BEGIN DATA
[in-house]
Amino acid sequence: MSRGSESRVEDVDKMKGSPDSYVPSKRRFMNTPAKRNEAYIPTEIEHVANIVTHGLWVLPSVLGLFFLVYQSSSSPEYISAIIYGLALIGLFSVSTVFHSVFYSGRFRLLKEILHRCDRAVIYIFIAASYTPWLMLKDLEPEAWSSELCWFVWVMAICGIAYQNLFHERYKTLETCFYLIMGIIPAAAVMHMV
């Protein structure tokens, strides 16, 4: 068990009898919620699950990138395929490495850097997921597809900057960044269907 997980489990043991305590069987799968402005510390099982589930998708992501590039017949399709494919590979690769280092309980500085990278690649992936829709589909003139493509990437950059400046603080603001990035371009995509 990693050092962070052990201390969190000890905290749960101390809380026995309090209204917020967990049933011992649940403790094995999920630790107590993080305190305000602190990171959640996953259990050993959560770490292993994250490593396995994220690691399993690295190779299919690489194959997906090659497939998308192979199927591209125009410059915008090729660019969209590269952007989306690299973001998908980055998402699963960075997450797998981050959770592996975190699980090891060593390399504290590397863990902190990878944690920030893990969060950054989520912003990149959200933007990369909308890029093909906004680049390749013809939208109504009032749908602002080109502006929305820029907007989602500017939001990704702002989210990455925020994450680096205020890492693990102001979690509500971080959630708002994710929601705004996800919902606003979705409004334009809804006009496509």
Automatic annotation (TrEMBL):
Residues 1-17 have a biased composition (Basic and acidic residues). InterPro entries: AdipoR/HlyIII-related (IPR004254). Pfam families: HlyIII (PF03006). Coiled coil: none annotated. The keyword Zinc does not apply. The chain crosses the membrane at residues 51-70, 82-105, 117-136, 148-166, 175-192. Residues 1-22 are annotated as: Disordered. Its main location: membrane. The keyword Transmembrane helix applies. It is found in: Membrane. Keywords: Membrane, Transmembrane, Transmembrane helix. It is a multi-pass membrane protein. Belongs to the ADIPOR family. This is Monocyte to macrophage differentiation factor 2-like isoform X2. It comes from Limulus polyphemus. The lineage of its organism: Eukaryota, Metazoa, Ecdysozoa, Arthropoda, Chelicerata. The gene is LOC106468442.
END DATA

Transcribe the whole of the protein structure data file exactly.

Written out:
[in-house]
Amino acid sequence: MSRGSESRVEDVDKMKGSPDSYVPSKRRFMNTPAKRNEAYIPTEIEHVANIVTHGLWVLPSVLGLFFLVYQSSSSPEYISAIIYGLALIGLFSVSTVFHSVFYSGRFRLLKEILHRCDRAVIYIFIAASYTPWLMLKDLEPEAWSSELCWFVWVMAICGIAYQNLFHERYKTLETCFYLIMGIIPAAAVMHMV
């Protein structure tokens, strides 16, 4: 068990009898919620699950990138395929490495850097997921597809900057960044269907 997980489990043991305590069987799968402005510390099982589930998708992501590039017949399709494919590979690769280092309980500085990278690649992936829709589909003139493509990437950059400046603080603001990035371009995509 990693050092962070052990201390969190000890905290749960101390809380026995309090209204917020967990049933011992649940403790094995999920630790107590993080305190305000602190990171959640996953259990050993959560770490292993994250490593396995994220690691399993690295190779299919690489194959997906090659497939998308192979199927591209125009410059915008090729660019969209590269952007989306690299973001998908980055998402699963960075997450797998981050959770592996975190699980090891060593390399504290590397863990902190990878944690920030893990969060950054989520912003990149959200933007990369909308890029093909906004680049390749013809939208109504009032749908602002080109502006929305820029907007989602500017939001990704702002989210990455925020994450680096205020890492693990102001979690509500971080959630708002994710929601705004996800919902606003979705409004334009809804006009496509």
Automatic annotation (TrEMBL):
Residues 1-17 have a biased composition (Basic and acidic residues). InterPro entries: AdipoR/HlyIII-related (IPR004254). Pfam families: HlyIII (PF03006). Coiled coil: none annotated. The keyword Zinc does not apply. The chain crosses the membrane at residues 51-70, 82-105, 117-136, 148-166, 175-192. Residues 1-22 are annotated as: Disordered. Its main location: membrane. The keyword Transmembrane helix applies. It is found in: Membrane. Keywords: Membrane, Transmembrane, Transmembrane helix. It is a multi-pass membrane protein. Belongs to the ADIPOR family. This is Monocyte to macrophage differentiation factor 2-like isoform X2. It comes from Limulus polyphemus. The lineage of its organism: Eukaryota, Metazoa, Ecdysozoa, Arthropoda, Chelicerata. The gene is LOC106468442.